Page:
Oct 23, 2008 | 7:56 am

     
  47. betty q. says:

    Yup, Millet…it’s more like a really FAT SUMAN. ..but for the ordinary suman like I posted above, you don’t have to squish the suman so tight…it’s just for this filled savoury suman. I squish it to a tight cylinder so the filling is “SIKSIK!” and not falling apart when you slice it or cut it open.

    A few years ago, a friend made suman in the form of a triangle…nore like suman sa lihiya but in a triangle shape. I don’t know what they call it. So I think, the banana leaves can be used to form the triangle ones as well….maybe it would be a lot easier to shape since it is wide enough to be twisted around.

    You know, bagito?…I didn’t think of that…you’re right, hopefully my boys will marry someone who would take an interest in acquiring this skill…keeping my fingers crossed!

    Oct 24, 2008 | 2:33 am

     
  48. jadedfork says:

    bettyq, am rereading your ma tsang recipe (the triangle one). got a bit confused when it came to the rice:

    1) “Drain the malagkit thoroughly and season it with sesame oil, white pepper, some of the fried chicken oil again and a bit os salt.”

    At this point, is the rice already cooked?

    2) Also on this one, how do i know that they’re done?

    “Then pack them in a pot cover it with water and boil them for hours on end…maybe half a day.”

    hope you’re still following this thread. thanks

    Oct 25, 2008 | 9:11 am

     
  49. betty q. says:

    jadedfork…the malagkit is NOT cooked…

    MIL knows it’s cooked by feel..since you shouldn’t pack it when you are filling the bamboo leaves to give room for expansion for the malagkit as it cooks, it should really be “POOFY” when it’s done ..like it is “SIKSIK” it really takes a good 4 to 6 hours. …the belly pork will really be tender fork….like cooking adobo. I think it takes that long because we make HUGE batches of these and use the biggest caldero she has and rfeally fill that caldero right up to the top with the Chinese suman. But if you are just making 10 or so, maybe if you use your big caldero to cook that 10 Chinese suman, it would be done in half that time!

    Oct 25, 2008 | 10:46 am

     
  50. jadedfork says:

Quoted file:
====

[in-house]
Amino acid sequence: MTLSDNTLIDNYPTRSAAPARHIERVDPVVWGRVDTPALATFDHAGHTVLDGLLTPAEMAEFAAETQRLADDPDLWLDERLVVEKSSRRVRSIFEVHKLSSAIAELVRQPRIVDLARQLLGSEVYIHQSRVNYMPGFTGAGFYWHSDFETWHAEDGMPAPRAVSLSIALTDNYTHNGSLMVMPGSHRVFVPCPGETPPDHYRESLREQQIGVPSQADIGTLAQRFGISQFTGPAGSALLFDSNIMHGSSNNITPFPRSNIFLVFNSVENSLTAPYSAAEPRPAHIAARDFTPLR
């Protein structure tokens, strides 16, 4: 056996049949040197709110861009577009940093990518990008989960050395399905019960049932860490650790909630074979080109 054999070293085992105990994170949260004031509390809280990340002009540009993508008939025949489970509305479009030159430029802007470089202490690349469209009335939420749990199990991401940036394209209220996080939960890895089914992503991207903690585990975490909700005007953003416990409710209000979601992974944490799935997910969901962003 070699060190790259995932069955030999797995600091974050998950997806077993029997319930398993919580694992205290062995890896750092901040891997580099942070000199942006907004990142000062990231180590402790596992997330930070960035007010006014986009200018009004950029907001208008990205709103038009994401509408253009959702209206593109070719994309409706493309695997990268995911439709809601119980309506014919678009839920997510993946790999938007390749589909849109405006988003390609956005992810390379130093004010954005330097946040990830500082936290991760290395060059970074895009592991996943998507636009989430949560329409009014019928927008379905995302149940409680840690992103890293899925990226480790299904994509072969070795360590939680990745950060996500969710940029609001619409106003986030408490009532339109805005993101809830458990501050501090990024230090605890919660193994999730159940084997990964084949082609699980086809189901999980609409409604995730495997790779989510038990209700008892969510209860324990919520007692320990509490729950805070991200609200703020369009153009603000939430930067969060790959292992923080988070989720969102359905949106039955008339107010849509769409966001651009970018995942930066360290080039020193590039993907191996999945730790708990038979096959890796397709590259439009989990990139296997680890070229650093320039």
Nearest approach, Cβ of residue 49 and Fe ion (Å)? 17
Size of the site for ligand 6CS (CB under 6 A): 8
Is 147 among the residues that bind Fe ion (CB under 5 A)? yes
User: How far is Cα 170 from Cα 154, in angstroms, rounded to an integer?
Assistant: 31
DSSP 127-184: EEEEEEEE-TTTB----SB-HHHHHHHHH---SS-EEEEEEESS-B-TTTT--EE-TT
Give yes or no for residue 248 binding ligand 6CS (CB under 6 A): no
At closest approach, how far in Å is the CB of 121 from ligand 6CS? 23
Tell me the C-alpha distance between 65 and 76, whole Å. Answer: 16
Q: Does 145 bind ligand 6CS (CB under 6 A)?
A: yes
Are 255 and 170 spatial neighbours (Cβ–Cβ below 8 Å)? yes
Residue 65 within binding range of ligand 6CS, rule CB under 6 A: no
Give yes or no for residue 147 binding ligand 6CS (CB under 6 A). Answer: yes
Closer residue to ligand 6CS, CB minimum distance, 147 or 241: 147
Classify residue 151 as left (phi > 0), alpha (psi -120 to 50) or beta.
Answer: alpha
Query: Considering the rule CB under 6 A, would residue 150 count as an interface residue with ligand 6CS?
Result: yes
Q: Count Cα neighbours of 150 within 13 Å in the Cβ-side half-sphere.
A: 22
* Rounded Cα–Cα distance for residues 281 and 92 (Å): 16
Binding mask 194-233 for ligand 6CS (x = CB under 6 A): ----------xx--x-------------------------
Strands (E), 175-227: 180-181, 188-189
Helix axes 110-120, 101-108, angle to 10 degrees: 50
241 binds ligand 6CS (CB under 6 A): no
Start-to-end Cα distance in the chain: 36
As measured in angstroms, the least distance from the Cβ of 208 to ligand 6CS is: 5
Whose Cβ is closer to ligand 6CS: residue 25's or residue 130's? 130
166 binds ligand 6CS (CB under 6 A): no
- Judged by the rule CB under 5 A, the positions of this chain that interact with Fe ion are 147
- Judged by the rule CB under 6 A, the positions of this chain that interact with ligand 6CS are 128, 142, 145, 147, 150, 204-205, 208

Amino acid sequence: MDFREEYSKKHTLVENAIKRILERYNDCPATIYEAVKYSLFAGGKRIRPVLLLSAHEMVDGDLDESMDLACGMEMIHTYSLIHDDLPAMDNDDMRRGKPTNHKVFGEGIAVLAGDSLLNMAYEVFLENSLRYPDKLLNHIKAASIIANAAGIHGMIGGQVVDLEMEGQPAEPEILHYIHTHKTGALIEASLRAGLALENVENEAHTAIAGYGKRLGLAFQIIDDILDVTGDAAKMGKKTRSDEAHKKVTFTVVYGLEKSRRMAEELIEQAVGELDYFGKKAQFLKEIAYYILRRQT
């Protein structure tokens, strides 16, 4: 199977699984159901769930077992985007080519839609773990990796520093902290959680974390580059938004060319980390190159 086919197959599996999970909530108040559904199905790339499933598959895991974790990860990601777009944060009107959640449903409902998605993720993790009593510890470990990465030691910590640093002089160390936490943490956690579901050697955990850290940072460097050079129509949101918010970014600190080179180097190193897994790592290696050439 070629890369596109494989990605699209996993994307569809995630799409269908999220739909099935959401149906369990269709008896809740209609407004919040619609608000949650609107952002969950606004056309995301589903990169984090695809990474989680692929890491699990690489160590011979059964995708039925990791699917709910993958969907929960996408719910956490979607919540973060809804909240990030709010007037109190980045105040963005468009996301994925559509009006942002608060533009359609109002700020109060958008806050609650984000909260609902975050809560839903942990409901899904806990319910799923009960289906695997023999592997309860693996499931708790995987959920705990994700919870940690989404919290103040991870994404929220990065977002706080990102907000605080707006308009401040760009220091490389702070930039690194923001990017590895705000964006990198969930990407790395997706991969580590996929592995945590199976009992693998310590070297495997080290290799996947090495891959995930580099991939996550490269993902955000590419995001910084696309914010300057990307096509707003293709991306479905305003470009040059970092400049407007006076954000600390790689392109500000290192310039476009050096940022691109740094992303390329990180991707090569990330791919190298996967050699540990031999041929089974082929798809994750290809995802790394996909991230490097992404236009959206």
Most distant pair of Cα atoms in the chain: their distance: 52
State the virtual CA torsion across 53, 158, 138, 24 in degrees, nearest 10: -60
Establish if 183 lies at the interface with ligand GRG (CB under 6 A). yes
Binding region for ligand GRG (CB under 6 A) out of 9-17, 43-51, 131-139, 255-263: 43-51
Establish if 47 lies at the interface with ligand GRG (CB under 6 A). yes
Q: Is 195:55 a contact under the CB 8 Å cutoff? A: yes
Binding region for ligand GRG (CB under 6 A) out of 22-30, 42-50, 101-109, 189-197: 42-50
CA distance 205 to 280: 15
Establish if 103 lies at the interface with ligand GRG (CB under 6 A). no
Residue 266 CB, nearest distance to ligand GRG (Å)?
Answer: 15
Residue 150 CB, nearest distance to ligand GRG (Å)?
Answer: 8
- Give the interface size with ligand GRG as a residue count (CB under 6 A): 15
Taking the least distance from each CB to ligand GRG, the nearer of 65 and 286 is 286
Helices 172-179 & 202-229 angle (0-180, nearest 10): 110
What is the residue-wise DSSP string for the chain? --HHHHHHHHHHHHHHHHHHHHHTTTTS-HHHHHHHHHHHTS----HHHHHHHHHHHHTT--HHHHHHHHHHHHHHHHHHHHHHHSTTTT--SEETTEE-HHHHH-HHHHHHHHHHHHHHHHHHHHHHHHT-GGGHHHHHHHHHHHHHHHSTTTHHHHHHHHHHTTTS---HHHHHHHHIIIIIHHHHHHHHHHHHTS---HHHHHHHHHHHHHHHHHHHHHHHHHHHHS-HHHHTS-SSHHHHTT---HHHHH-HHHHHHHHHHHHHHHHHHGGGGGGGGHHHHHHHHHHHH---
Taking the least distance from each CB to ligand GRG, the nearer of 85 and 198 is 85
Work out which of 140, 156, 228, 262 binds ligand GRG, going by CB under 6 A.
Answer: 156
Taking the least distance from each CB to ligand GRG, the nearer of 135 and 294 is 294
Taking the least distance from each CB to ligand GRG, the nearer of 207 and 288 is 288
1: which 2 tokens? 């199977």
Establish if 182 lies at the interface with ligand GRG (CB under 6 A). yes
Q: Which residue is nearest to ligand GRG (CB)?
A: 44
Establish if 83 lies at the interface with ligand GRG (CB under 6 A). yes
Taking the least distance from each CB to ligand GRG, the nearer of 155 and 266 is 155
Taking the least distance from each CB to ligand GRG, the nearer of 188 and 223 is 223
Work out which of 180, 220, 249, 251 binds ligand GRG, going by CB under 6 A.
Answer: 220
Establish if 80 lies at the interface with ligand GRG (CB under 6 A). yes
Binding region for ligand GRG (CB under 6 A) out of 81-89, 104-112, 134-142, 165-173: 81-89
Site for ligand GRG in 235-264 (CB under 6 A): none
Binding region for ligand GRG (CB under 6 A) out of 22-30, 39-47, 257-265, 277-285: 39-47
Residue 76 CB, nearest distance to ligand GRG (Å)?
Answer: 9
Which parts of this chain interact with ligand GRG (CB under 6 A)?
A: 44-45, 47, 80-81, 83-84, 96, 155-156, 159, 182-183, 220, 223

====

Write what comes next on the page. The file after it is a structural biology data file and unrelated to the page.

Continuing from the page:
thanks bettyq

    Oct 25, 2008 | 11:26 am

     
  51. marissewalangkaparis says:

    I’ve always wondered how it’s cooked –this puso. I lived in Cebu (when I was very young) and friends would bring them on picnics.
    There is also a Bulacan version where they use banana leaves. Great for picnics too!! We had a blowout recently and our colleague from Malolos brought this balisuso. I was asking him how to cook it. Would be interesting to cook this when there are balikbayans. I think it’s simpler than the puso (cause of the woven fronds).
    Amazing Marketmen how even just with rice we have these versions. Great!

    Oct 26, 2008 | 4:12 pm

     
  52. Jog Deiparine says:

    Hi

    I really miss the puso w/ yummy pork barbecue in Cebu. Am planning to make a bunch of it this coming Christmas, can somebody tell me where to get supply of coconut fronds? Appreciate your help. Thank you.

    Jog

    Nov 12, 2008 | 9:39 am

     
  53. Fredo says:

    ate puso before when I worked in Cebu, Im looking for a place in Metro Manila that serves rice cooked this way.

    Dec 1, 2008 | 5:02 pm

     
  54. boots says:

    hi fredo, if you want puso, you may order from me. we’re just in san juan city very near greenhills shopping center. ;)

    Sep 22, 2009 | 3:19 pm

     
  55. Mika says:

    Hi Betty Q,

    I appreciate you sharing your recipes. My grandaunt used to make really great machang but she migrated to the States. Although she was able to teach me some, I never really had the confidence to pursue it. Thank you and hope I can get in touch with you.

    Regards,

    Mika

    Nov 7, 2009 | 11:34 pm